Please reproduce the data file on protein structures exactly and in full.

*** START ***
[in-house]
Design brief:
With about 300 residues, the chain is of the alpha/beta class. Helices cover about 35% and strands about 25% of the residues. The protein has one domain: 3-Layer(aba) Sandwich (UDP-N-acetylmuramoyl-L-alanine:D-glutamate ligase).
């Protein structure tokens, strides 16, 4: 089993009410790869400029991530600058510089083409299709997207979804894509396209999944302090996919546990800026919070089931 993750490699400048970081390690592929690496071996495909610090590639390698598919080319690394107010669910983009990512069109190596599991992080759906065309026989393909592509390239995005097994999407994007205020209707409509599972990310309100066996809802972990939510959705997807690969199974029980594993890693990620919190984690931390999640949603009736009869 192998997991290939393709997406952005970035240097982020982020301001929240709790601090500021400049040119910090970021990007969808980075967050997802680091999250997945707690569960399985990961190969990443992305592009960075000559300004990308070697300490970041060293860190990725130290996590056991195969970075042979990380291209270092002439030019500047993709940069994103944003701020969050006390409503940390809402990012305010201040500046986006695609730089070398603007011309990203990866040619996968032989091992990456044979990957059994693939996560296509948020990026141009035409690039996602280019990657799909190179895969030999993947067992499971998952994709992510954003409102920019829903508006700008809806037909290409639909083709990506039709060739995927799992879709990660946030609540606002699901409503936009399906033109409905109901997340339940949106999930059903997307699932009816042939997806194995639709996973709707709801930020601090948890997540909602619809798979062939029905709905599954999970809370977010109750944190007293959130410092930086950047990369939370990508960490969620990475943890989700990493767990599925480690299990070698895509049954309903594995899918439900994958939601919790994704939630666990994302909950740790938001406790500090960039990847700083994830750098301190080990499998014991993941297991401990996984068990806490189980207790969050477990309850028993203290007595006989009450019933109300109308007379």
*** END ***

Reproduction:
[in-house]
Design brief:
With about 300 residues, the chain is of the alpha/beta class. Helices cover about 35% and strands about 25% of the residues. The protein has one domain: 3-Layer(aba) Sandwich (UDP-N-acetylmuramoyl-L-alanine:D-glutamate ligase).
């Protein structure tokens, strides 16, 4: 089993009410790869400029991530600058510089083409299709997207979804894509396209999944302090996919546990800026919070089931 993750490699400048970081390690592929690496071996495909610090590639390698598919080319690394107010669910983009990512069109190596599991992080759906065309026989393909592509390239995005097994999407994007205020209707409509599972990310309100066996809802972990939510959705997807690969199974029980594993890693990620919190984690931390999640949603009736009869 192998997991290939393709997406952005970035240097982020982020301001929240709790601090500021400049040119910090970021990007969808980075967050997802680091999250997945707690569960399985990961190969990443992305592009960075000559300004990308070697300490970041060293860190990725130290996590056991195969970075042979990380291209270092002439030019500047993709940069994103944003701020969050006390409503940390809402990012305010201040500046986006695609730089070398603007011309990203990866040619996968032989091992990456044979990957059994693939996560296509948020990026141009035409690039996602280019990657799909190179895969030999993947067992499971998952994709992510954003409102920019829903508006700008809806037909290409639909083709990506039709060739995927799992879709990660946030609540606002699901409503936009399906033109409905109901997340339940949106999930059903997307699932009816042939997806194995639709996973709707709801930020601090948890997540909602619809798979062939029905709905599954999970809370977010109750944190007293959130410092930086950047990369939370990508960490969620990475943890989700990493767990599925480690299990070698895509049954309903594995899918439900994958939601919790994704939630666990994302909950740790938001406790500090960039990847700083994830750098301190080990499998014991993941297991401990996984068990806490189980207790969050477990309850028993203290007595006989009450019933109300109308007379």